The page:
5. Melissa you put the case so beautifully and eloquently, I’m going to quote you when I talk to a group about memoir writing at the Chipping Norton Literary Festival this weekend.
    Thanks for such inspiring words.

    1. Thank you so much! I’m honored to be included in your discussions, and I hope it bears fruit. If just one person thinks, “Hm, I could do that,” my work here is complete. Please let me know how the festival goes.

  6. Great post. I was thinking about that the other day, kicking myself for never writing down the stuff my grandparents told me. It’s more than just family stories, it’s history. My paternal grandfather was born in a covered wagon heading west, saw Indian wars and guys gunned down in saloons. My maternal grandmother used to regales us with tales of “Uncle Cecil”, lovely tales that would make a wonderful collection… and about things like seeing the first airplane in the area, seeing the first car on the streets.
    It’s a huge resource that we so often ignore, and it’s a tragic loss when we do.

    1. Thanks, Lin; you’re absolutely right. It IS history, very up close and personal. I’ve been picking my husband’s brain, trying to get him to remember every tidbit of his dad’s life–born in 1900, got into bootlegging for a while, his uncle was sorta-kinda carjacked by Pretty Boy Floyd–just tons of small stories that all fit together like a human jigsaw puzzle. Some of the pieces are missing, but you know we could both fill in the holes with a little bit of imagination. Not exactly the same, but still worth doing, I think. Wouldn’t you give just about anything to be able to sit down and interview your grandfather now? I sure would.

  7. Love it, Melissa. I still wish I’d been able to talk my mother into letting me interview her. Like you, all I wanted was to write something for our family. Alas, it never happened.

  8. Lin, you are so right about the things our parents and grandparents told us being history, and I doubt if there is one among us who doesn’t share your regrets about not paying better attention to them. Now that you’ve recognised this the question is, what are you doing about it?

    I have taken to writing down everything I can remember of those conversations, so that my children and grandchildren can have something of them later on. I carry around a micro recorder for those odd moments when something provokes a memory, so that I can record it immediately. If it’s not written, at least it will be preserved.

    Preserving that history was one of the main reasons why I’ve so far written six volumes of memoir about the years I spent living and working in Africa. Apart from making interesting reading for other people, it provided a record for my descentents, the like of which my grandparents didn’t leave. At least my grandchildren will have something. It’s also a bit of a memorial for some of the extraordinary people I met who are now long gone.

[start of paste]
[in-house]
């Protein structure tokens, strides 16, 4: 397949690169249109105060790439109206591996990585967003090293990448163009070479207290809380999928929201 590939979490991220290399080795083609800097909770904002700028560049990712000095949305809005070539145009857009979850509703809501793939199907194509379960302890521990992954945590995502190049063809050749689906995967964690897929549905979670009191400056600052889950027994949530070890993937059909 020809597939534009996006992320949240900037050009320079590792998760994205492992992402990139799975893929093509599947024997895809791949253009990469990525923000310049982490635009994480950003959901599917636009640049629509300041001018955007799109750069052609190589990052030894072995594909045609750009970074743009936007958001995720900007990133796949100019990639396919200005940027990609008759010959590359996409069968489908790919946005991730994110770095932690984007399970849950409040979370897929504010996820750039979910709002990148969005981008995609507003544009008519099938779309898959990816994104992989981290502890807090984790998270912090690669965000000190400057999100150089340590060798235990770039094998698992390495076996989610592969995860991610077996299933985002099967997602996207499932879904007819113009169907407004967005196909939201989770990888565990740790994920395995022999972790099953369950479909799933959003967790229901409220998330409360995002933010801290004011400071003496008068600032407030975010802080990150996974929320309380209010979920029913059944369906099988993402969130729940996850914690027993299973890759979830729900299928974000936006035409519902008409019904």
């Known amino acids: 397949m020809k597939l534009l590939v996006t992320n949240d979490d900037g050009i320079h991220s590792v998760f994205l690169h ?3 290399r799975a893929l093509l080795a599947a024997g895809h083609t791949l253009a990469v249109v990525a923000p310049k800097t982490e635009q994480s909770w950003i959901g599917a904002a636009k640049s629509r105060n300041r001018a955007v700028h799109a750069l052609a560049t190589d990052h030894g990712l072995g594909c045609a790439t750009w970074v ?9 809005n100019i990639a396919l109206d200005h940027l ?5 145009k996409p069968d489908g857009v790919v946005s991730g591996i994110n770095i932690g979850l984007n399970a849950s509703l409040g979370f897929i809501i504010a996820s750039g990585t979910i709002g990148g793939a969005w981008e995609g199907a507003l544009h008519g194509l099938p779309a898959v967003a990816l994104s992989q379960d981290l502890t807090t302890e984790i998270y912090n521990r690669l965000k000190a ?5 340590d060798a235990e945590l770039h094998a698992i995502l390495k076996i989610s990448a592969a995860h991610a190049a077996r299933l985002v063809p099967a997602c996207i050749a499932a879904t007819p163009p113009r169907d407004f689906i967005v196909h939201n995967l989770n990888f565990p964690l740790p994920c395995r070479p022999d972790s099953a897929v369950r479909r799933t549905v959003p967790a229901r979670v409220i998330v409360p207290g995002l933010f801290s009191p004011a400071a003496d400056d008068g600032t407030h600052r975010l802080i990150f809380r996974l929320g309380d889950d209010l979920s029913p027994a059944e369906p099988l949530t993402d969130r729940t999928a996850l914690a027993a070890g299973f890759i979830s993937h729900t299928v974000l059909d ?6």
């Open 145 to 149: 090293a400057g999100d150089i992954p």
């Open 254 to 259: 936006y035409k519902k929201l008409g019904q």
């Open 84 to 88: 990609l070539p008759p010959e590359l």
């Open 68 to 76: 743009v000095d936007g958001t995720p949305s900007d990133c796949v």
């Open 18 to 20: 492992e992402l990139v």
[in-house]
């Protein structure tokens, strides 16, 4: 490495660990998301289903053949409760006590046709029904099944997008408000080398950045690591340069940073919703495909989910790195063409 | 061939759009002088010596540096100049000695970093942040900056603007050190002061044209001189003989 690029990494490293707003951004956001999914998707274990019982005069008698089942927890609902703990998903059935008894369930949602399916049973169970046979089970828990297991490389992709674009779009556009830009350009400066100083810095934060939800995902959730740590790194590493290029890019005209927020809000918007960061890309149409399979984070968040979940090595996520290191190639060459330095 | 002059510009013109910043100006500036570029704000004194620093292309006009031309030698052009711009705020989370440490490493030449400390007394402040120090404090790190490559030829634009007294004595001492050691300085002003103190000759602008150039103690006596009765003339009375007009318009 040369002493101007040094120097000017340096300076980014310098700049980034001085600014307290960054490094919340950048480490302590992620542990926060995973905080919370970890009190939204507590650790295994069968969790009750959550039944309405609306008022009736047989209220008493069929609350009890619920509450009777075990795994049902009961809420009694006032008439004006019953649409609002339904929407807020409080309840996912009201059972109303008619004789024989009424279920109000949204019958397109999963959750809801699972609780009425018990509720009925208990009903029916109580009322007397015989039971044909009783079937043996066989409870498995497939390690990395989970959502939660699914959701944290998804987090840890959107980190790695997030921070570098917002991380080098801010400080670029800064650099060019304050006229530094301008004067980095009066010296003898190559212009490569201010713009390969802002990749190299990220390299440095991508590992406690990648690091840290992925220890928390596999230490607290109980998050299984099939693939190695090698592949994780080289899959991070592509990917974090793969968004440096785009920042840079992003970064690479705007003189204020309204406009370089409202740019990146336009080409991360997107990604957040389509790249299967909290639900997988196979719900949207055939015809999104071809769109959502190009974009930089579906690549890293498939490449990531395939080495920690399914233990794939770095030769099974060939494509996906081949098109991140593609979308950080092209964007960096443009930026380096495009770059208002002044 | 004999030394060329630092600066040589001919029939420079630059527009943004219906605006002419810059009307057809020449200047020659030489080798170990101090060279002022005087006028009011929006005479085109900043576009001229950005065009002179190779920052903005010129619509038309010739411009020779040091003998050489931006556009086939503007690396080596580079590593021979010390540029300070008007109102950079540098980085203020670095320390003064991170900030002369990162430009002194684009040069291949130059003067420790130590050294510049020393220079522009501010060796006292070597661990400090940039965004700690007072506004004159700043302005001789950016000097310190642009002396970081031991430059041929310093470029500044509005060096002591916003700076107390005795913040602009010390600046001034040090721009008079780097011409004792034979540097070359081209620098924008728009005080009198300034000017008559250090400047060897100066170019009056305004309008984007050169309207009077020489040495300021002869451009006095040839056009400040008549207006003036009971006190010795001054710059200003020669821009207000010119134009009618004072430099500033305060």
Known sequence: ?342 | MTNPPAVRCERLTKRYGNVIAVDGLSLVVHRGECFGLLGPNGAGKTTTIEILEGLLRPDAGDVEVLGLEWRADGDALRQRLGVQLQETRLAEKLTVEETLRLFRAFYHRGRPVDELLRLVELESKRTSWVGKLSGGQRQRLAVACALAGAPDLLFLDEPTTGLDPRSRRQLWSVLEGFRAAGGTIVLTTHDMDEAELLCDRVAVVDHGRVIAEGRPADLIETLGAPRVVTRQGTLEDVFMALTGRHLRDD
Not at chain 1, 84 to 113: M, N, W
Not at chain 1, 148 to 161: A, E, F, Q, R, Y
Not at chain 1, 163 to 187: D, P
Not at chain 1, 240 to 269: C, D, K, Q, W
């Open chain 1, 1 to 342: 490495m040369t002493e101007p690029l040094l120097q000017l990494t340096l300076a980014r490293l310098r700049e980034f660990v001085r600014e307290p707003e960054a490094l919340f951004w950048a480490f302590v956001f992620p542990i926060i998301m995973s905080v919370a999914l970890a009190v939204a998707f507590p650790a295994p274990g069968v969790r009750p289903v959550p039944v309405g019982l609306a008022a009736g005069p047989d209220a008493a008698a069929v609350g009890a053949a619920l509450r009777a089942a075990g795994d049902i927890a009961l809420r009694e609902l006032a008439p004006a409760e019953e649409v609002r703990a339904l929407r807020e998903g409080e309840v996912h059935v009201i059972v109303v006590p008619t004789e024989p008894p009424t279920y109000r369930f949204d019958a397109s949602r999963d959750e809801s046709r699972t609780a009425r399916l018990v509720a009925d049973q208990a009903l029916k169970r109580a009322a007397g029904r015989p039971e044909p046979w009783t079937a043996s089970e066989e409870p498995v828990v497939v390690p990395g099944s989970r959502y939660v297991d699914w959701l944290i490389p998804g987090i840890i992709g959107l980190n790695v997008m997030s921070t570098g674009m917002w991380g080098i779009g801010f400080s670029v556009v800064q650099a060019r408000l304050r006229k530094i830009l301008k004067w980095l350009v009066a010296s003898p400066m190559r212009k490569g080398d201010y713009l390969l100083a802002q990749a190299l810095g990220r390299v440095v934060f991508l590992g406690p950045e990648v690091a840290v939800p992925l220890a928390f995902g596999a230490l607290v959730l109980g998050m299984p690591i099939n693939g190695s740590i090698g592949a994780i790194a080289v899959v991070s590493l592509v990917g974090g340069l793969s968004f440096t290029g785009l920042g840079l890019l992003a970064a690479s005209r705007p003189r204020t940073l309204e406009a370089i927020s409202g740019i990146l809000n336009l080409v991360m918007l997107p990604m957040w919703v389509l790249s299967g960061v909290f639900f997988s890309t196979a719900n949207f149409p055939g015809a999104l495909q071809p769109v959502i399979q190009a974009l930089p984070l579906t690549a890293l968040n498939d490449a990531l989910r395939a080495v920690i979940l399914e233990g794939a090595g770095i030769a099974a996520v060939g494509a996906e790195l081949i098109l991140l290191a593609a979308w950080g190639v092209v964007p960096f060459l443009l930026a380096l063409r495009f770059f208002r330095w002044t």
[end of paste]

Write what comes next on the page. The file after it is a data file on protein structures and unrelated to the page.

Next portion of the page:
So, are you writing down all you can remember? I’m sure it would be worth it.

  9. Melissa, this is a lovely post.
    My husband’s ancestor came to Baltimore as an indentured servant in the 17th century. A relative did the research, and we have a bound copy of this and the stories that went with it. When Chuck’s grandmother was alive I gave her a notebook and asked her to write down stories. Her relatives, like Lin’s, traveled by wagon train to Missouri, or Missoura, as she called it. I have that notebook.
    Before my mother-in-law passed away we went on a cruise, and in search of native art in Belize. She pushed her walker down the cobbled-stone street to a gallery in a city under travel advisory for tourists. We survived the adventure, but I have been meaning to write this story down for the family. She loved doing something she could brag to her friends about later. No bus tours for her!

    1. Lois, thanks so much. You are SO lucky that you have these family sagas! I think it would be wonderful to pull all the generations together and tell the continuing story of the family. I hope one day to add my autobiography to my dad’s, and I dearly hope my son might one day add his, as well. I can see your husband’s adventurous family being a huge project for someone (you?), and I hope it happens one day. I know it would be fascinating and of enormous value to the family and others.

  10. Your article really rings a bell. During the last twelve months, I’ve spent eight with my parents, two thousand miles from home. My mom is blind and almost completely deaf, but I spent a lot of time sitting on the sofa “on her good-ear side.” She would tell me stories, and I started blogging them: “A Day Out with Mom.”

    After about 26 posts, I’m compiling them for a book about my dad, his dementia, and his move to a retirement home; and about my mom and my adventures with her while staying with my parents. I feel like I’ve gotten to know my parents as I had never known them before–a wonderful and thought-provoking experience.

    http://www.tomkeplerswritingblog.com/2014/04/a-day-out-with-mom-26-ideal-visit.html

    1. Tom, that is great! I hope you know how lucky you are to have this time to spend with your folks. And I really hope you can get them talking about the “old days,” telling stories from their growing up and early years. I’m certain they will both love to see that book and hold it in their hands. Good for you!

  11. In this enlightened age, everyone should keep a family record for future generations. That means each of us should write our own bit. If we do this, knowledge doesn’t get lost so easily.